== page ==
Now on view: David Wojnarowicz’s A Fire In My Belly

The National Portrait Gallery, part of the Smithsonian Institution, has been the site of controversy since December 1, when museum officials responded to political pressures and removed a film by the late artist David Wojnarowicz from the exhibition Hide/Seek: Difference and Desire in American Portraiture. In response to this crisis, two versions of the film A Fire in My Belly, A Work in Progress (1986-87) will be on view at the Henry Art Gallery until February 13, 2011, when Hide/Seek closes at the National Portrait Gallery.

The Henry’s installation will also include Wojnarowicz’s poster project Untitled (One Day This Kid) (1990) which has been made available for download through the artist’s estate and P.P.O.W. Gallery ; and a selection of statements (from the Smithsonian, the Catholic League, the Warhol Foundation, the Association of Art Museum Directors, and from regional museum directors).  A display of articles and essays sparked by these events will also be available, including Holland Cotter’s article from The New York Times, As Ants Crawl over a Crucifix, Dead Artist is Assailed Again, and Frank Rich’s editorial Gay Bashing at the Smithsonian, and responses from Seattle arts journalists Jen Graves and Regina Hackett. This display of resources for discussion is expandable, and as the conversation continues Henry staff will incorporate new materials.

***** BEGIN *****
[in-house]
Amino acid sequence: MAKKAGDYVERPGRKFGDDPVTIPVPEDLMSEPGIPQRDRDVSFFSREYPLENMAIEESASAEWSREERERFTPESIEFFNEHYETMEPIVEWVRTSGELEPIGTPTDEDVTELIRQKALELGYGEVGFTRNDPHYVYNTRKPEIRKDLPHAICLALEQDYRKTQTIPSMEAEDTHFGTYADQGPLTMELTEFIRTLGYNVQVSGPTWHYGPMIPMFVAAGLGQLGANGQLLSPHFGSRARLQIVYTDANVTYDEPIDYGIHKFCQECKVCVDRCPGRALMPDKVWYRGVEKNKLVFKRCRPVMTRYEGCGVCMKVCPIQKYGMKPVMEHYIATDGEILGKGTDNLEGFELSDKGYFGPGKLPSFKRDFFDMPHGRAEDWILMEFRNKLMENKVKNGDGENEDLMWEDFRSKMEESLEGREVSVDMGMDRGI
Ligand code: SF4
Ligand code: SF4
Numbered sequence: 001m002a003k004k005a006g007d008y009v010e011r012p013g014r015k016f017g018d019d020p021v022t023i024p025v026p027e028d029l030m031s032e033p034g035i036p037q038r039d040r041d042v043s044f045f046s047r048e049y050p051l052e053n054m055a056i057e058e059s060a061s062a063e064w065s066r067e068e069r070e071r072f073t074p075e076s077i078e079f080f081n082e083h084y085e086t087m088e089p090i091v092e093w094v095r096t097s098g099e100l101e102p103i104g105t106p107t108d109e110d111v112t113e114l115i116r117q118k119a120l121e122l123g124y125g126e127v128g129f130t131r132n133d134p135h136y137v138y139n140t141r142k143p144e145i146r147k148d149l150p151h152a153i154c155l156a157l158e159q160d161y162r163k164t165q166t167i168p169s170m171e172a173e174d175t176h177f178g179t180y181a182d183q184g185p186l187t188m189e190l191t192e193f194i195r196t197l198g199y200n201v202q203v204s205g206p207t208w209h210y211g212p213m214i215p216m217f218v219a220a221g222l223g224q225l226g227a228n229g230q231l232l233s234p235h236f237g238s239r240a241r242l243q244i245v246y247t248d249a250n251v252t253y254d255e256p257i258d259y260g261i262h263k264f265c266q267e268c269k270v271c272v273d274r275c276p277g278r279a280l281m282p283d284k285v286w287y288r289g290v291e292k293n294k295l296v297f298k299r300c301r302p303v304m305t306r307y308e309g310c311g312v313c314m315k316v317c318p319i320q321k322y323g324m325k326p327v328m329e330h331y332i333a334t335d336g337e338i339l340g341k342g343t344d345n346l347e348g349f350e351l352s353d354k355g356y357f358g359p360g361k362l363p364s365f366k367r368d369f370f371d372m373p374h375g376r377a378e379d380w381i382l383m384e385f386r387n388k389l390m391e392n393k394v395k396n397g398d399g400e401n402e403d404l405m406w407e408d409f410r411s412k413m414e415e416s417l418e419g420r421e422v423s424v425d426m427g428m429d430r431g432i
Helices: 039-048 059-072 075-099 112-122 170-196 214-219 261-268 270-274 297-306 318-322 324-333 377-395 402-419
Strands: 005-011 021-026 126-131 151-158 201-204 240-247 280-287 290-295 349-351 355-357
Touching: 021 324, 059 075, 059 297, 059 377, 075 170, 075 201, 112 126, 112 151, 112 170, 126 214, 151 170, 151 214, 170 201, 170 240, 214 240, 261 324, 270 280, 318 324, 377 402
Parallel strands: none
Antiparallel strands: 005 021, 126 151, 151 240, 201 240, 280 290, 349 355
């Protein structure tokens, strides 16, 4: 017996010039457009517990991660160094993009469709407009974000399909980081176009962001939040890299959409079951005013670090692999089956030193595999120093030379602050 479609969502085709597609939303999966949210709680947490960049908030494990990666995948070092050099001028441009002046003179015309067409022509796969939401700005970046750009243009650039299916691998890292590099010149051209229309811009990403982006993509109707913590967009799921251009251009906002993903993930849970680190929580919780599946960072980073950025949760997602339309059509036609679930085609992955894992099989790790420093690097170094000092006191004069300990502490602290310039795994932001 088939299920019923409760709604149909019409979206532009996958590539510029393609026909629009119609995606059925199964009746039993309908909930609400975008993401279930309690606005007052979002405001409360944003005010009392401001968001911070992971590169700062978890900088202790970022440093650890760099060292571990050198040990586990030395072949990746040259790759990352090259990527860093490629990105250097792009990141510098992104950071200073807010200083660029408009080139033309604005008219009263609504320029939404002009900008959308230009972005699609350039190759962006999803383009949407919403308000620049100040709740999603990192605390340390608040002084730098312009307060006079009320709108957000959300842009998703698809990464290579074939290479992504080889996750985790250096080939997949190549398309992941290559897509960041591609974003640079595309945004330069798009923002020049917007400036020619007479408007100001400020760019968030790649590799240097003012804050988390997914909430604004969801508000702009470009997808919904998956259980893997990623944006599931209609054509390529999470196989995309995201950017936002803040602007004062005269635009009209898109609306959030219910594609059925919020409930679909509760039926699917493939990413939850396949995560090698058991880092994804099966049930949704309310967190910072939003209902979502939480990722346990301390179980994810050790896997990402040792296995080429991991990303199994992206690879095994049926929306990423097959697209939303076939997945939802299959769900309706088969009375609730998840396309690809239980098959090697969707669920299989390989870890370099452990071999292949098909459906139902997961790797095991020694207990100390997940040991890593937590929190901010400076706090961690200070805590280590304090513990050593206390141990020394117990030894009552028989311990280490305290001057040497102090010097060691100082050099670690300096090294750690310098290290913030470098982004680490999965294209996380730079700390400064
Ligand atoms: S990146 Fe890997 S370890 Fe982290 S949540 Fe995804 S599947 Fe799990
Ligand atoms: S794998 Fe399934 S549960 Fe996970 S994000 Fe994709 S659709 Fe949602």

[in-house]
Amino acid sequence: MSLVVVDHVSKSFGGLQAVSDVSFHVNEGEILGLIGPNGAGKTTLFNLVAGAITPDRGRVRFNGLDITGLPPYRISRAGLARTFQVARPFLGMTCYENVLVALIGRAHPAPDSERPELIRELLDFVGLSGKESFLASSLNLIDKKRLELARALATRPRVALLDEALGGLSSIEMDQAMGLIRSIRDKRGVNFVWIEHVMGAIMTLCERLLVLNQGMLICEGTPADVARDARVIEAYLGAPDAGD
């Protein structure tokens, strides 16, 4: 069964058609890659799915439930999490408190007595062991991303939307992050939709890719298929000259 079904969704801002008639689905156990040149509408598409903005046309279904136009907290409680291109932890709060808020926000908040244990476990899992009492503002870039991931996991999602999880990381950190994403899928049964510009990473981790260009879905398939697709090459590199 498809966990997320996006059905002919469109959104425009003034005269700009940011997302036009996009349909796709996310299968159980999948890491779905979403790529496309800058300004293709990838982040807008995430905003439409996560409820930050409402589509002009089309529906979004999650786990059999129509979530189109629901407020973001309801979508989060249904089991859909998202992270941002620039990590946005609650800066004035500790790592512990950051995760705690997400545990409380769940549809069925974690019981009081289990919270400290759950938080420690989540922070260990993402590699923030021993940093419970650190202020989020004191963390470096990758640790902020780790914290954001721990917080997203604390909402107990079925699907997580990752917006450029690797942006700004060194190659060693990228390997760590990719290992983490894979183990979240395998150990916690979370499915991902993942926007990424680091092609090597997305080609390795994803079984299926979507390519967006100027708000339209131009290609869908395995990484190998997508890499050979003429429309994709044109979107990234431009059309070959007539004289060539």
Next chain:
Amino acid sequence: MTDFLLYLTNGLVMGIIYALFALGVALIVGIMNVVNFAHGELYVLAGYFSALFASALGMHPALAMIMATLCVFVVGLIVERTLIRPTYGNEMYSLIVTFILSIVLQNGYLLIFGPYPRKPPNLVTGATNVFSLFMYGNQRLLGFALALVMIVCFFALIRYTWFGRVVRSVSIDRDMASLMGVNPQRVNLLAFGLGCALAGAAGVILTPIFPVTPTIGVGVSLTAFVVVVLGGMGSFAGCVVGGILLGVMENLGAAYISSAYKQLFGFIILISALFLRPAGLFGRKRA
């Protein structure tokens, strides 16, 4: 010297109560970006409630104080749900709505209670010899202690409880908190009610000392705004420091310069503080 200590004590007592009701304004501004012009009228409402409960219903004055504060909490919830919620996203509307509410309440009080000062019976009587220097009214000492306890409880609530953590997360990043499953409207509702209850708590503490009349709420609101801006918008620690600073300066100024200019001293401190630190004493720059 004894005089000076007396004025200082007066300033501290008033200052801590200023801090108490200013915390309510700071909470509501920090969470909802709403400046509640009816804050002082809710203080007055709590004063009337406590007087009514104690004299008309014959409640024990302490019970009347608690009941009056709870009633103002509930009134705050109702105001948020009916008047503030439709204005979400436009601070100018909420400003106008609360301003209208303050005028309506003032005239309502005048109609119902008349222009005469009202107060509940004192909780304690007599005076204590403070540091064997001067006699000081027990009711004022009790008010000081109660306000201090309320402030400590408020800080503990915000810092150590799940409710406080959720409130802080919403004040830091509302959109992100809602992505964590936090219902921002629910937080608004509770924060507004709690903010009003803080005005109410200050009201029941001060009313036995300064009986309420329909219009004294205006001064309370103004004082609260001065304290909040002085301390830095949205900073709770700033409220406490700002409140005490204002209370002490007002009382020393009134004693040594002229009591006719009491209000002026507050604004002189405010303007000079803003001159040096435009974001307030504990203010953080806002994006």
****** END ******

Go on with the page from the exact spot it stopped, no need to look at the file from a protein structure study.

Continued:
A Fire in My Belly, A Work in Progress, into which the artist has edited a montage of video footage shot in Mexico, has been said to capture his anger and struggle with both the death of a lover and his own H.I.V. diagnosis. Since its making, this film has become an iconic art work from the 1980s and has had a visible place in AIDS activism in New York and the U.S.

DVD and poster in the exhibition courtesy of the Estate of David Wojnarowicz and P.P.O.W Gallery, New York.

Public Program: Seminar on Censorship
Sunday, January 9 from 2-4
Join us at the Henry for a community conversation with regional arts professionals, UW faculty, artists, journalists, and activists exploring and analyzing the complex of issues surrounding the recent removal of David Wojnarowicz’s A Fire in My Belly from view at the National Portrait Gallery. Topics may include: the politicization of the work of gay artists by conservative activists, the silencing of artists through censorship, the specter of renewed culture wars, and the roles and responsibilities of museums as discursive spaces.

Participating speakers will be announced soon.

For a selection of articles on this topic visit

2 thoughts on “Now on view: David Wojnarowicz’s A Fire In My Belly

  1. I’ve been really impressed with the artworld’s response to this issue. Both the protests organized in NYC and the funding withdrawal by the Warhol Foundation. Not to mention that my Facebook stream (normally silent on these kinds of issues) has been popping up with lots of concern and support. The republicans were the activists on this issue. But the artworld managed to pull together a response. And let’s hope we all payed a little more attention to David’s amazingly giving and activist career as a brilliant artist. Go team!

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